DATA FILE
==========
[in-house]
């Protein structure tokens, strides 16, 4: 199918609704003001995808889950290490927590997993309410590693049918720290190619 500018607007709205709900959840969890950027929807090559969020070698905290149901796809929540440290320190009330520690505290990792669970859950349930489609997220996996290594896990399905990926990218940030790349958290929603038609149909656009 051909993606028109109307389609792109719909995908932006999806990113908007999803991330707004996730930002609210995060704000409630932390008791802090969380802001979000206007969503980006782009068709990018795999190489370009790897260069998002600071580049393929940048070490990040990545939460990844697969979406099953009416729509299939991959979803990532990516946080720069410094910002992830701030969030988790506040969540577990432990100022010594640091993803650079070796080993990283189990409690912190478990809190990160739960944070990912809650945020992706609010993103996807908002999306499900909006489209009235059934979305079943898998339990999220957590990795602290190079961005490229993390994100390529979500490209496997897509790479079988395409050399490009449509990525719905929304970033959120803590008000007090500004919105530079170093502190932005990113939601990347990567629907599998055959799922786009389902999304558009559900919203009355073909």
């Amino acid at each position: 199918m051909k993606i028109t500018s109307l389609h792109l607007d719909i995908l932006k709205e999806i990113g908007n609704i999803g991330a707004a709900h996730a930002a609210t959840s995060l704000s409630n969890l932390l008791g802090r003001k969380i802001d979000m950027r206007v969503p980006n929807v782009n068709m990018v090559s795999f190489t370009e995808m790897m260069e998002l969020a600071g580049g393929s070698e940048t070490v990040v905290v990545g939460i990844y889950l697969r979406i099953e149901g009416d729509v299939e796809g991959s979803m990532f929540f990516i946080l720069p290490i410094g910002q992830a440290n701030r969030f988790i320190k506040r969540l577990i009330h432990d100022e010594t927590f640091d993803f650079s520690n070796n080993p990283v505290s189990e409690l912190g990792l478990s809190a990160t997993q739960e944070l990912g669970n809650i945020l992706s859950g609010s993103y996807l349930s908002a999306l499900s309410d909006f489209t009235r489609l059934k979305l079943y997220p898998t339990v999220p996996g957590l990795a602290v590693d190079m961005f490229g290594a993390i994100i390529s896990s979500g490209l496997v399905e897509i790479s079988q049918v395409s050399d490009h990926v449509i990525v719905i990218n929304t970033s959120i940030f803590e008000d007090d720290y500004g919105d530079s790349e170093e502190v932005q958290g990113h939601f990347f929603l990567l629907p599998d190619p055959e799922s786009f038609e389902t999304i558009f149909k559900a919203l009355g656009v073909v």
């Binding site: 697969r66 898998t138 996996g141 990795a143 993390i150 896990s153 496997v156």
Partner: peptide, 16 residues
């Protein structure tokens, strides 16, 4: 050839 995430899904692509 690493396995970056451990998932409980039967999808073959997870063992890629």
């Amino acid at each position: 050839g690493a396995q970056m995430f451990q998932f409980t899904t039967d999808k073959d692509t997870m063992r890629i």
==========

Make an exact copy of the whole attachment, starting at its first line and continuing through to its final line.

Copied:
[in-house]
């Protein structure tokens, strides 16, 4: 199918609704003001995808889950290490927590997993309410590693049918720290190619 500018607007709205709900959840969890950027929807090559969020070698905290149901796809929540440290320190009330520690505290990792669970859950349930489609997220996996290594896990399905990926990218940030790349958290929603038609149909656009 051909993606028109109307389609792109719909995908932006999806990113908007999803991330707004996730930002609210995060704000409630932390008791802090969380802001979000206007969503980006782009068709990018795999190489370009790897260069998002600071580049393929940048070490990040990545939460990844697969979406099953009416729509299939991959979803990532990516946080720069410094910002992830701030969030988790506040969540577990432990100022010594640091993803650079070796080993990283189990409690912190478990809190990160739960944070990912809650945020992706609010993103996807908002999306499900909006489209009235059934979305079943898998339990999220957590990795602290190079961005490229993390994100390529979500490209496997897509790479079988395409050399490009449509990525719905929304970033959120803590008000007090500004919105530079170093502190932005990113939601990347990567629907599998055959799922786009389902999304558009559900919203009355073909």
């Amino acid at each position: 199918m051909k993606i028109t500018s109307l389609h792109l607007d719909i995908l932006k709205e999806i990113g908007n609704i999803g991330a707004a709900h996730a930002a609210t959840s995060l704000s409630n969890l932390l008791g802090r003001k969380i802001d979000m950027r206007v969503p980006n929807v782009n068709m990018v090559s795999f190489t370009e995808m790897m260069e998002l969020a600071g580049g393929s070698e940048t070490v990040v905290v990545g939460i990844y889950l697969r979406i099953e149901g009416d729509v299939e796809g991959s979803m990532f929540f990516i946080l720069p290490i410094g910002q992830a440290n701030r969030f988790i320190k506040r969540l577990i009330h432990d100022e010594t927590f640091d993803f650079s520690n070796n080993p990283v505290s189990e409690l912190g990792l478990s809190a990160t997993q739960e944070l990912g669970n809650i945020l992706s859950g609010s993103y996807l349930s908002a999306l499900s309410d909006f489209t009235r489609l059934k979305l079943y997220p898998t339990v999220p996996g957590l990795a602290v590693d190079m961005f490229g290594a993390i994100i390529s896990s979500g490209l496997v399905e897509i790479s079988q049918v395409s050399d490009h990926v449509i990525v719905i990218n929304t970033s959120i940030f803590e008000d007090d720290y500004g919105d530079s790349e170093e502190v932005q958290g990113h939601f990347f929603l990567l629907p599998d190619p055959e799922s786009f038609e389902t999304i558009f149909k559900a919203l009355g656009v073909v």
């Binding site: 697969r66 898998t138 996996g141 990795a143 993390i150 896990s153 496997v156």
Partner: peptide, 16 residues
């Protein structure tokens, strides 16, 4: 050839 995430899904692509 690493396995970056451990998932409980039967999808073959997870063992890629």
């Amino acid at each position: 050839g690493a396995q970056m995430f451990q998932f409980t899904t039967d999808k073959d692509t997870m063992r890629i």